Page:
Escalating trade tensions are eroding global growth prospects, with the world economy set for its slowest expansion since the global financial crisis, the Organisation for Economic Co-operation and Development (OECD) said on Thursday.
In an update to its economic forecasts from May, the OECD cut its global growth forecast for this year to 2.9 percent from 3.2 percent.
“These would be the weakest annual growth rates since the financial crisis, with downside risks continuing to mount,” the 36-member organization said.
The IMF already lowered its own global forecasts in July in the face of the trade dispute between the US and China, the world’s Nos. 1 and 2 economies respectively.
“Our fear is that we are entering an era where growth is stuck at a very low level,” OECD chief economist Laurence Boone said. “All those risks that we have highlighted are really bringing us into dangerous territory for growth and obviously for jobs.”
Growth prospects for almost all G20 nations were revised down by the OECD, particularly those exposed to declining global trade and investment.
“Escalating trade policy tensions are taking an increasing toll on confidence and investment, adding to policy uncertainty, weighing on risk sentiment in financial markets and endangering future growth prospects,” the OECD wrote.
The US economy was now expected to expand by 2.4 percent this year, a downward revision of 0.4 percentage points from the May forecast, and significantly slower than the 2.9 percent last year.
Next year’s forecast was cut by 0.3 percentage points to 2.0 percent.
Chinese growth was expected to slow to 6.1 percent this year, a downward revision of 0.1 points, while next year’s forecast was cut by 0.3 points to 5.7 percent.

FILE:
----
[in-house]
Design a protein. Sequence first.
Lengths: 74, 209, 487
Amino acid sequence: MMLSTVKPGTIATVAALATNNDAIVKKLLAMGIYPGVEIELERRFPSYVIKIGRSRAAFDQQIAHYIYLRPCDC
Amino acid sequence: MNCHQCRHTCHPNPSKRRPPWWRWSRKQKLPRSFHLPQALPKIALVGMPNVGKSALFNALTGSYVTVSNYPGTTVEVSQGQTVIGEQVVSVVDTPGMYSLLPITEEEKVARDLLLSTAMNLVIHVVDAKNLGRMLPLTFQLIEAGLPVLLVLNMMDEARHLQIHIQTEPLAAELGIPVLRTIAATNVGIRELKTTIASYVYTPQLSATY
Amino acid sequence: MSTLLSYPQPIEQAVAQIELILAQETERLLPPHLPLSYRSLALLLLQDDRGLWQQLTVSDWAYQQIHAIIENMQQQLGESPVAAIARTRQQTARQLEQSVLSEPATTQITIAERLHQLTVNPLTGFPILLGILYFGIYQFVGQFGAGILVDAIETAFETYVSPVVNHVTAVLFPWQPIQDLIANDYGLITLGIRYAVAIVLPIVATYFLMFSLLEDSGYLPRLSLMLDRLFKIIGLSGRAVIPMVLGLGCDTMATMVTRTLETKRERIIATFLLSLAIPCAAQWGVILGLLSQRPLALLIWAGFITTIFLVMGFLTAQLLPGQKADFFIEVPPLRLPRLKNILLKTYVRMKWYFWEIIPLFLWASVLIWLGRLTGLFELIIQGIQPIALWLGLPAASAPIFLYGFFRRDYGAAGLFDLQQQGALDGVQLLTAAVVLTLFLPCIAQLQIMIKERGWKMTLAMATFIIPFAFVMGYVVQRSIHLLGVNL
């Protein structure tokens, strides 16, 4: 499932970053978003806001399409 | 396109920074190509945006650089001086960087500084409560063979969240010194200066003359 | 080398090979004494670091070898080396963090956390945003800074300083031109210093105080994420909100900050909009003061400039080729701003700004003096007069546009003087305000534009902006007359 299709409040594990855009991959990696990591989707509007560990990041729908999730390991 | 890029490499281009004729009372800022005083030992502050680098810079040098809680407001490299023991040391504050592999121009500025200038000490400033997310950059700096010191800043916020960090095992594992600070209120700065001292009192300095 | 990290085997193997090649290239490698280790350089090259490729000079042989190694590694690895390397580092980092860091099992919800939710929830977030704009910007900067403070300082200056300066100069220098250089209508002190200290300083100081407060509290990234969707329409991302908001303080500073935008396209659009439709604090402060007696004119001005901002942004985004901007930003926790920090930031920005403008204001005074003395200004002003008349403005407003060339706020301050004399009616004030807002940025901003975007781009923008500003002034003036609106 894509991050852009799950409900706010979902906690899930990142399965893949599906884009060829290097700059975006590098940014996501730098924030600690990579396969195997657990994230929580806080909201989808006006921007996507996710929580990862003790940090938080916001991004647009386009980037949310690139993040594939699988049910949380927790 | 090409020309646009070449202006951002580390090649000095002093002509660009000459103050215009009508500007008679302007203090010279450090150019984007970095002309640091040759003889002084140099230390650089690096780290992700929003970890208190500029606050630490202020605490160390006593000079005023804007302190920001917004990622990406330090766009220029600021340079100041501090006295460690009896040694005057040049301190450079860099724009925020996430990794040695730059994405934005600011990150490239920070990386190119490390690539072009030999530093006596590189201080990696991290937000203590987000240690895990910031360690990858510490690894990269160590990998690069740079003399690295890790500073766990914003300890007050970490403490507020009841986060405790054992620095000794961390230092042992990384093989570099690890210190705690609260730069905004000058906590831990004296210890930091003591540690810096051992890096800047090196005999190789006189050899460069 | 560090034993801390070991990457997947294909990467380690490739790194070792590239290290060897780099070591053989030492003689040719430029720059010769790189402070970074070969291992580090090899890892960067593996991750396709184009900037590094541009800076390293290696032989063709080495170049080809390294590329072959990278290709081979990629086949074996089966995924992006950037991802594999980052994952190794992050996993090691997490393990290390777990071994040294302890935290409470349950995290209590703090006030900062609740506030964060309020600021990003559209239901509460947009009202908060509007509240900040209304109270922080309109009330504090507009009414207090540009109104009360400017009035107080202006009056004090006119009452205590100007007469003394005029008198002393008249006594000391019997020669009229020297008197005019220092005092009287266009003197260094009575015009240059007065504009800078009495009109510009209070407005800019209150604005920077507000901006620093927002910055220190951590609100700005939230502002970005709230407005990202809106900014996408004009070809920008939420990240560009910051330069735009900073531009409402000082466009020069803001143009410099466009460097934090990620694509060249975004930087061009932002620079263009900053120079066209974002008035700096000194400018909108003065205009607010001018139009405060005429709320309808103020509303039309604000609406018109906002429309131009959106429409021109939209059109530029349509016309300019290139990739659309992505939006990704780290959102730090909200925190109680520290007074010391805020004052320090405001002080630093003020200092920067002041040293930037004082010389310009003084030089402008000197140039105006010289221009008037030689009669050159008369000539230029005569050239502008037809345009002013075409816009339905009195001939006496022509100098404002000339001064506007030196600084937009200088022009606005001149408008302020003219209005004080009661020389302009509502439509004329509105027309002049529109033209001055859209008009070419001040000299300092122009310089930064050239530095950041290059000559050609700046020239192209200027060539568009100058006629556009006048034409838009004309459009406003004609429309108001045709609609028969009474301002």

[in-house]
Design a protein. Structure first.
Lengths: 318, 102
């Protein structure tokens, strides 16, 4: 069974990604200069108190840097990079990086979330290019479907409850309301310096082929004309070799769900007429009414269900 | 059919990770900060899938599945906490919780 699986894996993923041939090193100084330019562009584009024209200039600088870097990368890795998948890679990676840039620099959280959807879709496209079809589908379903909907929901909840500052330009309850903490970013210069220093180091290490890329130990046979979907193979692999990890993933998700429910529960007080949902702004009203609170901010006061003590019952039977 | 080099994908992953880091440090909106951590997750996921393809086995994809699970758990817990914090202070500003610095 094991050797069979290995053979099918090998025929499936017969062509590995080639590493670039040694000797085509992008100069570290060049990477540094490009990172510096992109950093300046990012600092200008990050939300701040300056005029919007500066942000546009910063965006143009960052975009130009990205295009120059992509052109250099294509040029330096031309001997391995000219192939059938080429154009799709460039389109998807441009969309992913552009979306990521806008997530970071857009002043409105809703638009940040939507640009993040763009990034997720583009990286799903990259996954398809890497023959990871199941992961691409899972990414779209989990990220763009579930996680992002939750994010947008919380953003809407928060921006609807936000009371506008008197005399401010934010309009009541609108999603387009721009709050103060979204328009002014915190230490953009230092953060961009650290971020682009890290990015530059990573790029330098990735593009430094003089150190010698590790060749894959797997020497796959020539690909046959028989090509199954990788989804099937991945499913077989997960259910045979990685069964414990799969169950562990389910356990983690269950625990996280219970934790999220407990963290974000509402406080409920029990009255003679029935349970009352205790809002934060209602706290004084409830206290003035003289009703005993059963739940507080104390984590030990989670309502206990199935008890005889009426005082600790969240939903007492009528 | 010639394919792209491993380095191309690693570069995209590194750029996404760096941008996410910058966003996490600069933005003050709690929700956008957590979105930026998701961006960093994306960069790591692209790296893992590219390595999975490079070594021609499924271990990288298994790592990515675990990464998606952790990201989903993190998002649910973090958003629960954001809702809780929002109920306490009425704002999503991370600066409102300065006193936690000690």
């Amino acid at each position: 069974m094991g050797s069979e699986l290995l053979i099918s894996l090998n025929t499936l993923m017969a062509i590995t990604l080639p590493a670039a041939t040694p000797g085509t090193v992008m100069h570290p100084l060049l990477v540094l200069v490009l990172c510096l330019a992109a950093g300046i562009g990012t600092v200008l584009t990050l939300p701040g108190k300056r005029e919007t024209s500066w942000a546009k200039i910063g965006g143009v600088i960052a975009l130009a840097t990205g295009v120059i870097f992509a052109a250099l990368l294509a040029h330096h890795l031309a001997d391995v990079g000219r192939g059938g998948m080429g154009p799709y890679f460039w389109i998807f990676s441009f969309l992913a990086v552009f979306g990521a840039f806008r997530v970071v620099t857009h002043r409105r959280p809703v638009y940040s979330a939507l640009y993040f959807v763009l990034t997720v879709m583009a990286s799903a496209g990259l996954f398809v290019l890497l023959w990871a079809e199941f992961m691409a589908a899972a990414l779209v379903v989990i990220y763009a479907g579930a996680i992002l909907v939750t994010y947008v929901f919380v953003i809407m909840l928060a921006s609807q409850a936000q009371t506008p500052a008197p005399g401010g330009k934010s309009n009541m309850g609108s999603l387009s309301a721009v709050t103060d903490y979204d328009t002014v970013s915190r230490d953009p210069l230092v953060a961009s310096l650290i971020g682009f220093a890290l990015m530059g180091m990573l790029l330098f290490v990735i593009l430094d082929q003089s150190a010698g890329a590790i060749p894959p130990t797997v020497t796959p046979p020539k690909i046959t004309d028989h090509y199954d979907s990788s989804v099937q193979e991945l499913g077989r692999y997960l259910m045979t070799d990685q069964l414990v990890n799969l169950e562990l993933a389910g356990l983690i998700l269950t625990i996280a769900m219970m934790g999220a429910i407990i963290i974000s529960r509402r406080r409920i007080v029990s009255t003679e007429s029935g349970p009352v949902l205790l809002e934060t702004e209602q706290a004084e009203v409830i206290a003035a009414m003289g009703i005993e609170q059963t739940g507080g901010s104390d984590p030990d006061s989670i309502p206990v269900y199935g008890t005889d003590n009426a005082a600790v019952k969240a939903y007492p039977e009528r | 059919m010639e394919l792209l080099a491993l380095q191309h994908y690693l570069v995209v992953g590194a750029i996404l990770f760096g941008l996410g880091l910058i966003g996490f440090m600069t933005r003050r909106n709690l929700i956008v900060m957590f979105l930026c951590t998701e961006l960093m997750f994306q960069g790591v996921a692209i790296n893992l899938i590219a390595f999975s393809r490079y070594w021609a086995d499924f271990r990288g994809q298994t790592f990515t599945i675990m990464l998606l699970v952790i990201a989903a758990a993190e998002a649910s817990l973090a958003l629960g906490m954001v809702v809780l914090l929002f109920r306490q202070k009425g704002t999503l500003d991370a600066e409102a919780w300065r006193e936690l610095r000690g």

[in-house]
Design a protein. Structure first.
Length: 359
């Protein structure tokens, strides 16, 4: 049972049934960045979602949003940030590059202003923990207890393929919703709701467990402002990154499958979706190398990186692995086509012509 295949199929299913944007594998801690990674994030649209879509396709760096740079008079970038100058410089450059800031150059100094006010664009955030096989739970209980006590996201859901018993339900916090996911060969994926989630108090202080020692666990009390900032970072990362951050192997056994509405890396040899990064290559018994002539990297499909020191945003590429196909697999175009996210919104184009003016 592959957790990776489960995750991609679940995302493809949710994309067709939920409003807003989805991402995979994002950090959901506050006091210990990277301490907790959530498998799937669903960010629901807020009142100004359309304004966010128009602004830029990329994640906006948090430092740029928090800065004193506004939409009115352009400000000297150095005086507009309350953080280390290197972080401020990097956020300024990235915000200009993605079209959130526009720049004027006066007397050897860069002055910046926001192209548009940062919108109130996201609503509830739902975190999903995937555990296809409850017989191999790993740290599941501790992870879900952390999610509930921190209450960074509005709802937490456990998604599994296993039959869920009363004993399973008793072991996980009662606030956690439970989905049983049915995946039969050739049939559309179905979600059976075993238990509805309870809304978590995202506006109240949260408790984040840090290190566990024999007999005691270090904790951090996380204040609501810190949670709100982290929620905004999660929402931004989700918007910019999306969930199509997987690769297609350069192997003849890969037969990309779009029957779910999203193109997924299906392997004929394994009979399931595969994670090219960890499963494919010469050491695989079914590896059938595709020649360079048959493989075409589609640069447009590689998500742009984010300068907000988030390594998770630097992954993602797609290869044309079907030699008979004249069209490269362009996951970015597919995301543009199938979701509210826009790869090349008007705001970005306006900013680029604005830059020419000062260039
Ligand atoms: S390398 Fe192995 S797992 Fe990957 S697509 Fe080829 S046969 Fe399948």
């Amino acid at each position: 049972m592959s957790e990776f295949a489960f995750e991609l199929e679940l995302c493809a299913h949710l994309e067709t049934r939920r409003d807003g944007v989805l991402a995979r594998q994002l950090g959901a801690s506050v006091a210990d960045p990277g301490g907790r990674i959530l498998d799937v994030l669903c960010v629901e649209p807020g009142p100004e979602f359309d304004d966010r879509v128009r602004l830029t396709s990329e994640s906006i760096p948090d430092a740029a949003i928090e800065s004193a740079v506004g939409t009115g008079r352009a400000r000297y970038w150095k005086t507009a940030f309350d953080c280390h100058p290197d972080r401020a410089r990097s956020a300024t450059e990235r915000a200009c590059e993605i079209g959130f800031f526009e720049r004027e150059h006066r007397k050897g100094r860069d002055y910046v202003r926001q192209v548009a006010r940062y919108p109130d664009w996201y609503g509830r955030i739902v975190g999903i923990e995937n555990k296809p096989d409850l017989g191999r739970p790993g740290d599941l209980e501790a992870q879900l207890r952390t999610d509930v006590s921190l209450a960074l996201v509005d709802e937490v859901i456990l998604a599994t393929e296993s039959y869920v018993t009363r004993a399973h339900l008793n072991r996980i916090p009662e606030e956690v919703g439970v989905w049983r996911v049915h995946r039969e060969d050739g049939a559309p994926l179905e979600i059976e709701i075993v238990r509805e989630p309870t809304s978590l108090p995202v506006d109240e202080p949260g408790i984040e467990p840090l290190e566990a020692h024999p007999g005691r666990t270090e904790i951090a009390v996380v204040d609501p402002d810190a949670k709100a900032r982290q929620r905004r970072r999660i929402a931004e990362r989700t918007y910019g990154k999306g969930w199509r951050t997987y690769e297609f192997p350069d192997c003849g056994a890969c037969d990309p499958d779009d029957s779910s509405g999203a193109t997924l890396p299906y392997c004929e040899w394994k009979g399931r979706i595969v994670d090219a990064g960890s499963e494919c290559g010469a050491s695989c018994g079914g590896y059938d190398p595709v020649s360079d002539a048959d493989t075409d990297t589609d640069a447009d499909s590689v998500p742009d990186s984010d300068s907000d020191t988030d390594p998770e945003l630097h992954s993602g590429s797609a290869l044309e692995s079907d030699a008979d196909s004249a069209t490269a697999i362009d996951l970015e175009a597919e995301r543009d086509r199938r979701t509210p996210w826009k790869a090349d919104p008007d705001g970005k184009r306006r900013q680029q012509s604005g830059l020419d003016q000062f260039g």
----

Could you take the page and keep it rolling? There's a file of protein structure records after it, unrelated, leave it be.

US President Donald “Trump’s brinkmanship on trade with China has left consumers, businesses and financial markets on edge. Not knowing whether the next presidential tweet will ease or exacerbate tensions make for an environment of extreme uncertainty, pushing businesses to turn cautious on investment and hiring, and households to swing from spending to saving,” it said.
“Collective effort is urgent” and the effectiveness of monetary policy could be enhanced by “stronger fiscal and structural policy support,” the OECD said.
It revised down its forecast for the 19-country eurozone to 1.1 percent growth this year and 1.0 percent next year, whereas previously it had been expecting activity in the single-currency area to pick up speed. Britain’s growth outlook was also lowered as uncertainty over Brexit persists, with the OECD now penciling in an expansion of 1.0 percent this year and 0.9 percent next year, compared with 1.4 percent last year.
“A no-deal exit would be costly in the near-term, potentially pushing the United Kingdom into recession in 2020 and reducing growth in Europe considerably,” the OECD said.
The OECD is the latest institution sounding the alarm over the state of the global economy. In the past two weeks, the US Federal Reserve, the European Central Bank, the People’s Bank of China and other central banks have eased policy to shore up demand, urging governments at the same time that fiscal stimulus will be needed to ensure that their efforts will not be futile.
Additional reporting by Bloomberg
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